Norfolk Southern applies for demolition Historical Foundation continues to work on saving building

By on April 24, 2013

By: STEPHEN SEEBER Record Express Staff, Staff Writer

The demolition process is moving forward, but at least one local historian is not giving up on the old freight depot on Water Street.

The Record Express learned Monday that Norfolk Southern applied for a permit last week to raze the last of Lititz’s three railroad buildings.

"There’s no timeline right now," said Dave Pidgeon, Norfolk Southern’s public relations manager for Pennsylvania, when asked about a demolition date. "A this point the building remains a safety hazard and has little to no operational value. We can’t let it continue in its current state. At some point, we have to move forward."

Some believe the building has historical value, and that it could be refurbished and incorporated into future economic development. Lititz’s first railroad station was built in 1863 where Wilbur Chocolate Co. is currently located. A second passenger station was built in 1884 at Lititz Springs Park, but was demolished in the 1950s. A replica was rebuilt in the late 1990s. The third and final of Lititz’s railroad buildings, representing the height of railroading in the borough, was the Water Street freight depot in 1921-22.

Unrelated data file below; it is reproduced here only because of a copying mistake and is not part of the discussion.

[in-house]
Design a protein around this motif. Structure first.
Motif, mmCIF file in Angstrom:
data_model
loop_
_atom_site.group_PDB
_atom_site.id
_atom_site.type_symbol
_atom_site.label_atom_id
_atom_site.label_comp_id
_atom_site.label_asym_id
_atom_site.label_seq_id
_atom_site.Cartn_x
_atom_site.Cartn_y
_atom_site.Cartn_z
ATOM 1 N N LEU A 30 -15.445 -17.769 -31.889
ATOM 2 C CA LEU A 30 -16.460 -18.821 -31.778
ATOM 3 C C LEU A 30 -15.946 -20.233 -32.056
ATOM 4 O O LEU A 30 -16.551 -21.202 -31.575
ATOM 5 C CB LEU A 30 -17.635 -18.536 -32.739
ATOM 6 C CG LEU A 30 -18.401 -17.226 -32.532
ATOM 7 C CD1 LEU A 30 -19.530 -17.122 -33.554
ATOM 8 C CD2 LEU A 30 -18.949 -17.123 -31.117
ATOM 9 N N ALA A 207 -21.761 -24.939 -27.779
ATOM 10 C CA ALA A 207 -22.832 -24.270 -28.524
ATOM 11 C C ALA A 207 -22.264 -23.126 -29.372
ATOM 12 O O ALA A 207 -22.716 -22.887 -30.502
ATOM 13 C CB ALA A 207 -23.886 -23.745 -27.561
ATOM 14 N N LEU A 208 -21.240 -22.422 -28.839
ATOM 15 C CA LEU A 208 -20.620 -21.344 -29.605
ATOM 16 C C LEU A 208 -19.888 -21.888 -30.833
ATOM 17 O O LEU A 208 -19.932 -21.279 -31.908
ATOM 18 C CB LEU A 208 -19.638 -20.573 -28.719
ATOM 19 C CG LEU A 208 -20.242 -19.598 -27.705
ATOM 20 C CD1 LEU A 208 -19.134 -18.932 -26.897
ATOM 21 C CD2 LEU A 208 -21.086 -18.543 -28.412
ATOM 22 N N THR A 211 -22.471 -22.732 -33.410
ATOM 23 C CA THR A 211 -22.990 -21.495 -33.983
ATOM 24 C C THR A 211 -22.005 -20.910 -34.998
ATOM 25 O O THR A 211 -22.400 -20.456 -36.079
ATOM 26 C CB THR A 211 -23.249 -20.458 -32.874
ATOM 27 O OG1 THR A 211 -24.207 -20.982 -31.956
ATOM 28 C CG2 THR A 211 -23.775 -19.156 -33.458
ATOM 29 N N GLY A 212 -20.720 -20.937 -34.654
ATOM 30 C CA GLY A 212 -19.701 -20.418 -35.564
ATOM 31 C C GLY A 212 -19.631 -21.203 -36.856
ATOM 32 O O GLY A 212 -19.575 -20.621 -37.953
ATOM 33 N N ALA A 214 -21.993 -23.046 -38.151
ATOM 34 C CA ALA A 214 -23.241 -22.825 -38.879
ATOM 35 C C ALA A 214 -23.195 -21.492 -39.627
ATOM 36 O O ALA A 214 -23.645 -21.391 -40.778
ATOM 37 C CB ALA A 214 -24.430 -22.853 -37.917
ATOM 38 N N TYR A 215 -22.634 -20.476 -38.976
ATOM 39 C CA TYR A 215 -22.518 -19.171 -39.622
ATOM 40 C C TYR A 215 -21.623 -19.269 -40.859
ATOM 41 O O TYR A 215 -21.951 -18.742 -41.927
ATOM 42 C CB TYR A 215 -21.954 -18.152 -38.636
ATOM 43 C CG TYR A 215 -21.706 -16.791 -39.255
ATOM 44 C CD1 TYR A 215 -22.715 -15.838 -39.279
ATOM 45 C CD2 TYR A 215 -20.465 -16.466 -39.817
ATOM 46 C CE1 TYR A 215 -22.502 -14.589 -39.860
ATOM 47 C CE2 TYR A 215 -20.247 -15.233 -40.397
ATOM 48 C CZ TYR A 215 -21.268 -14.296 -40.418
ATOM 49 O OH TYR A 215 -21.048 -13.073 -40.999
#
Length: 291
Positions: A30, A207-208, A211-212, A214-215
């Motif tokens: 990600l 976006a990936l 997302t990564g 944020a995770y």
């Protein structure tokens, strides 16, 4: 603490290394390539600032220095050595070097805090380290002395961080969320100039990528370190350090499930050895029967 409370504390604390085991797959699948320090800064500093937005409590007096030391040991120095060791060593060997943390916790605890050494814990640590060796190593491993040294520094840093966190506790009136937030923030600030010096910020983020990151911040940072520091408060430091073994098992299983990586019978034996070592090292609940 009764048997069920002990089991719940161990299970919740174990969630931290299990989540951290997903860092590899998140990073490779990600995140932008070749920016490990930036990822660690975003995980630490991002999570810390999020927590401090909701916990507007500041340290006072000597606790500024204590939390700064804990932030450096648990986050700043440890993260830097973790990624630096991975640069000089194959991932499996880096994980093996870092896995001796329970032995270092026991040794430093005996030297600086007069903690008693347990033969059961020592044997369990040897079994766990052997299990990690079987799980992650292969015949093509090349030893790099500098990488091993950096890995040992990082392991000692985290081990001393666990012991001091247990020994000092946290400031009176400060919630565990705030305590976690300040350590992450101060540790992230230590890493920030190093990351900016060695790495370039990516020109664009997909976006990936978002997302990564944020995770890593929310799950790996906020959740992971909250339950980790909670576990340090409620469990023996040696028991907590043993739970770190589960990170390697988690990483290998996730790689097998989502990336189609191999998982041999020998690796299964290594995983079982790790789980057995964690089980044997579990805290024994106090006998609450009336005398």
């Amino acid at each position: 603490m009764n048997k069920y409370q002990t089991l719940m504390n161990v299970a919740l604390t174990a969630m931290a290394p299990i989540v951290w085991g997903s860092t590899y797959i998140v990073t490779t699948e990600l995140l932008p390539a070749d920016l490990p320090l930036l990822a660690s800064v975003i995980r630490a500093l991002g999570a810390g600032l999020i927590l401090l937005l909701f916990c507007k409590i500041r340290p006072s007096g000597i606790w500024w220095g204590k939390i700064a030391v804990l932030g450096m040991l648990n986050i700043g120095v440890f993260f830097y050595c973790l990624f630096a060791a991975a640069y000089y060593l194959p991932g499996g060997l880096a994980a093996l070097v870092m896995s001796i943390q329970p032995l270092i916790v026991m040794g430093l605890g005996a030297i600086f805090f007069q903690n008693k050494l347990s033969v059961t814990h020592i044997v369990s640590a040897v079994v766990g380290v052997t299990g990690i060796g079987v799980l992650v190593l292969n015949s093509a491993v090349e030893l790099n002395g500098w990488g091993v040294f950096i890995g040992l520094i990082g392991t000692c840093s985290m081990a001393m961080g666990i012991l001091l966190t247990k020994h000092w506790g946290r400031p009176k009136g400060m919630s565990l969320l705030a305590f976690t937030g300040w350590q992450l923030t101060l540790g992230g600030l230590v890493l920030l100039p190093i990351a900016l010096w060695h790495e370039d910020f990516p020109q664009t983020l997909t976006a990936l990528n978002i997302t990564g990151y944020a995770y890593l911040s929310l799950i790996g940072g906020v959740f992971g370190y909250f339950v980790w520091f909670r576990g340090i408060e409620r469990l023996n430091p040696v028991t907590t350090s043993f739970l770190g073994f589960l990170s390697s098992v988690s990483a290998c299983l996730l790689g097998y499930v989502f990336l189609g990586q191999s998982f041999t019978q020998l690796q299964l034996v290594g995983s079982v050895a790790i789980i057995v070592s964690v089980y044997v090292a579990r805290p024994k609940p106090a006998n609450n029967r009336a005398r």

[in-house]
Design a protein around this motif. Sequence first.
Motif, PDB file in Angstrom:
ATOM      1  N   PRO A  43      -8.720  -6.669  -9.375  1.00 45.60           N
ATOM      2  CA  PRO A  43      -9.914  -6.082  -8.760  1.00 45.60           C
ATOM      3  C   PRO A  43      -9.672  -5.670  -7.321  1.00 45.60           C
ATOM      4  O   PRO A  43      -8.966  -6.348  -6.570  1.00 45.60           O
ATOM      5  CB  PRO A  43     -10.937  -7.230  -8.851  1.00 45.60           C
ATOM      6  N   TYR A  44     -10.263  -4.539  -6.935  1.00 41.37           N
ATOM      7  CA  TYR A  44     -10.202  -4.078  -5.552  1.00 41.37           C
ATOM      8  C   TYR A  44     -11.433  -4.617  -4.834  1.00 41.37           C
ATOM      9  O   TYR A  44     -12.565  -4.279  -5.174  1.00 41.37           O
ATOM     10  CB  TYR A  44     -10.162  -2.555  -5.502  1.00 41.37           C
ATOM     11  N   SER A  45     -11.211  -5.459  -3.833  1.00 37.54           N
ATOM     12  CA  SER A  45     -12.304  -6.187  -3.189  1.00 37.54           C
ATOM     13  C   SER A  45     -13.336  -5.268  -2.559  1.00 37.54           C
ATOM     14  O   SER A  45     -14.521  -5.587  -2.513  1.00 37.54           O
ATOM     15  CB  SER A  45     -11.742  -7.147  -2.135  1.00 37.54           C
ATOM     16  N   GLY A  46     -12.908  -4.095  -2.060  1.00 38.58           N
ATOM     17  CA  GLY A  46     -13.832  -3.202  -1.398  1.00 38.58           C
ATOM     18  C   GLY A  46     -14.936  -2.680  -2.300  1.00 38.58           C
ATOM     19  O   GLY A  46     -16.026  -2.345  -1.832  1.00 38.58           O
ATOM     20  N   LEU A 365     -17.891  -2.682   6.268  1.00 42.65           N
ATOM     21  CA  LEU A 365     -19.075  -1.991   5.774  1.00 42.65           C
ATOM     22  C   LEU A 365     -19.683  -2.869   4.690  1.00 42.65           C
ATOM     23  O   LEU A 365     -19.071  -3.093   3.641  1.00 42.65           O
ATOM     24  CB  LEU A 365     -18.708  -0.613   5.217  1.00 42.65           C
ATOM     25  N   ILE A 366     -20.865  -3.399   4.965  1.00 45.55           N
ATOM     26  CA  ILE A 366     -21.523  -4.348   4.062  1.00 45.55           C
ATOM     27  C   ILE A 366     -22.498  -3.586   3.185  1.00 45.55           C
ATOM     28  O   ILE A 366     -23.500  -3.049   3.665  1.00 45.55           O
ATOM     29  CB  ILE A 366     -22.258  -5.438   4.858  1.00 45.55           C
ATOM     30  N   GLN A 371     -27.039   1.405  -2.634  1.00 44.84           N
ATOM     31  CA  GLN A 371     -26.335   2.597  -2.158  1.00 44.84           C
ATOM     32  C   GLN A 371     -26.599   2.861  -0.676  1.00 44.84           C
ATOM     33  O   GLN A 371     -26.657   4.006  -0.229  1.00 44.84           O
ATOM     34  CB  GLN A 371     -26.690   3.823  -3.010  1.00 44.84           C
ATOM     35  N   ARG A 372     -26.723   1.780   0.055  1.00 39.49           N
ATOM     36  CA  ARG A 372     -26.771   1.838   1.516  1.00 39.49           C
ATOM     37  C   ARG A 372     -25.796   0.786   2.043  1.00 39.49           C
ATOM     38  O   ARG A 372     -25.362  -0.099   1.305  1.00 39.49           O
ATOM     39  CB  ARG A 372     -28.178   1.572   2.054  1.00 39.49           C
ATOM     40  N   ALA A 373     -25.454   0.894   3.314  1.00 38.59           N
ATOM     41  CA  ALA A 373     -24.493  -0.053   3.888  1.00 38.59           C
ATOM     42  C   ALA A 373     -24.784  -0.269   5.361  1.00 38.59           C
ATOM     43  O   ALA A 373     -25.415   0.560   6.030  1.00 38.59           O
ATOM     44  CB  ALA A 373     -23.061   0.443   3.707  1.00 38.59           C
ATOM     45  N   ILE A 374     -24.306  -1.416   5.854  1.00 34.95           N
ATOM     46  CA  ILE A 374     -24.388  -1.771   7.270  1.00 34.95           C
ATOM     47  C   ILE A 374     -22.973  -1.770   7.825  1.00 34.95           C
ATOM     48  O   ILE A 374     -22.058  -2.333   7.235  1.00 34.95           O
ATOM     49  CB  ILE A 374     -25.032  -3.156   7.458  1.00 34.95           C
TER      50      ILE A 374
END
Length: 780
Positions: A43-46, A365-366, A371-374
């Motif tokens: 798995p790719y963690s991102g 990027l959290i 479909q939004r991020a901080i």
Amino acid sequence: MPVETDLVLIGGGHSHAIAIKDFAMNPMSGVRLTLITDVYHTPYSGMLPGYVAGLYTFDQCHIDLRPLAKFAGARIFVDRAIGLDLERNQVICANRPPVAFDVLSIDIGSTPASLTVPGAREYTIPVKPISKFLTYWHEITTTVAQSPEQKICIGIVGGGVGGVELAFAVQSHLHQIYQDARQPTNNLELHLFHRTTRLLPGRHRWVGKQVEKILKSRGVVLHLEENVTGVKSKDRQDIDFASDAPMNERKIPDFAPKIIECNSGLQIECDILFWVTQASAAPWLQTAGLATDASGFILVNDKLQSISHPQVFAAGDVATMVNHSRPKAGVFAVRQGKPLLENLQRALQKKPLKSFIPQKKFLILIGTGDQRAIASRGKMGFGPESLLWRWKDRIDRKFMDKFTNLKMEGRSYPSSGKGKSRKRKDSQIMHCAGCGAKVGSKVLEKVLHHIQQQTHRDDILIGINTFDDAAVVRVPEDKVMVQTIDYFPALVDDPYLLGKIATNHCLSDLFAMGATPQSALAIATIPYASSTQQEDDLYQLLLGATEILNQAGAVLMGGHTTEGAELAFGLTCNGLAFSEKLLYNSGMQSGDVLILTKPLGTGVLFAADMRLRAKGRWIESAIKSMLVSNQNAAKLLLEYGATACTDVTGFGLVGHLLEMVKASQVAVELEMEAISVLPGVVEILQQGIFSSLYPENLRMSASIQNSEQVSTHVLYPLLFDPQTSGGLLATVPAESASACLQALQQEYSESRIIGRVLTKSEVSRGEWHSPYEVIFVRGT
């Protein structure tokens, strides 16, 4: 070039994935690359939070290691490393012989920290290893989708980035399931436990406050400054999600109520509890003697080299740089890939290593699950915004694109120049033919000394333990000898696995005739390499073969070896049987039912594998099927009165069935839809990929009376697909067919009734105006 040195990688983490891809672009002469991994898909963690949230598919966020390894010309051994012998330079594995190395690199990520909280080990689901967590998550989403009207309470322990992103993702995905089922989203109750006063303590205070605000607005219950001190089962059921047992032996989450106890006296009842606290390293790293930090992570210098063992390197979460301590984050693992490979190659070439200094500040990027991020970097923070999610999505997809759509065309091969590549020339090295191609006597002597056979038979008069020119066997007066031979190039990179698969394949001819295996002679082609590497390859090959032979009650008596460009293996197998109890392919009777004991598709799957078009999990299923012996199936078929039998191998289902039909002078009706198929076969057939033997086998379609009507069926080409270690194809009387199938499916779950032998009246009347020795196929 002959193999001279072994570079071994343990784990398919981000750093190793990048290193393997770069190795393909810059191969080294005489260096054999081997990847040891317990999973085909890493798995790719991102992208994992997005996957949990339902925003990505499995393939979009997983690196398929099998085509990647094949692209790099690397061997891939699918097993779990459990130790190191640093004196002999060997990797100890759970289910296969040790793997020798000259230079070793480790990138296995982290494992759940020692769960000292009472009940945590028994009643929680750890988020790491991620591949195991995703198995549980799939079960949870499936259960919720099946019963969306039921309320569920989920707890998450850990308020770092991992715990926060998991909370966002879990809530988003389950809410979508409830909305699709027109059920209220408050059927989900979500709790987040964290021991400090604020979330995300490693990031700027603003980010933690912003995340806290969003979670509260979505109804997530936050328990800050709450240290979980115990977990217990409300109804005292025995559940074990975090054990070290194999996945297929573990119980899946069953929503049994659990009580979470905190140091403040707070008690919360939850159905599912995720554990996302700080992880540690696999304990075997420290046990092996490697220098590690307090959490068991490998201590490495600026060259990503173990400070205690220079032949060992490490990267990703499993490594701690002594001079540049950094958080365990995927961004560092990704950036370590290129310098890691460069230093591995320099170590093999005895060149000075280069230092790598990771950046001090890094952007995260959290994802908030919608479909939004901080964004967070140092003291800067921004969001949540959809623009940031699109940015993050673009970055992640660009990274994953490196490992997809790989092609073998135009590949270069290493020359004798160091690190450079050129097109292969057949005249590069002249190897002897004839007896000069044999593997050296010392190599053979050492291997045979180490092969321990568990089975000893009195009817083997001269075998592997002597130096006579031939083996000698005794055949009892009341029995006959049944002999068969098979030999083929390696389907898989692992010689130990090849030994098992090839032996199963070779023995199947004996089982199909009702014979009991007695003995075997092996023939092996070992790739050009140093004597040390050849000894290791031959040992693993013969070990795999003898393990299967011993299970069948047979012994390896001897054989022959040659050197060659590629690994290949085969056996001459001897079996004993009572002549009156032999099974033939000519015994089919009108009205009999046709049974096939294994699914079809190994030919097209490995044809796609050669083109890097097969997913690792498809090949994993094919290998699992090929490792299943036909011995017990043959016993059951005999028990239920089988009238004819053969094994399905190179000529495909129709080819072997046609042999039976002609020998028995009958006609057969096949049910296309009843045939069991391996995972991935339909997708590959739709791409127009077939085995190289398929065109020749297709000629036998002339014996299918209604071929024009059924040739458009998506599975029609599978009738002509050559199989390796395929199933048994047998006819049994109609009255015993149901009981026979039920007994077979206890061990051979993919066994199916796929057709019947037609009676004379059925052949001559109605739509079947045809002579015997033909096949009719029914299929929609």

"I think it can be saved if there is enough cooperation between the current owners of the station and the parties interested in purchasing it," said Cory Van Brookhoven, president of the Lititz Historical Foundation. "I continue to hope an agreement can be worked out."

Lori McEntarfer, Lititz’s zoning officer, said demolition plans are not finalized.

"They may begin when I issue the permit, and that will only be when I am satisfied that they have answered all our questions to our satisfaction, since this is a floodplain."

Questions that need to be resolved include whether or not there is an oil tank in the basement that could be leaching hazardous materials into the ground. The borough also wants Norfolk Southern to supply a site plan showing the area of disturbance, and for the railroad company to give something in writing as to how the property will be stabilized once the building is removed.

Van Brookhoven said an email was sent from the Historic Preservation Trust to a representative from Norfolk Southern in an effort to begin discussions on options to save the building from demolition. More OLD DEPOT, page A7

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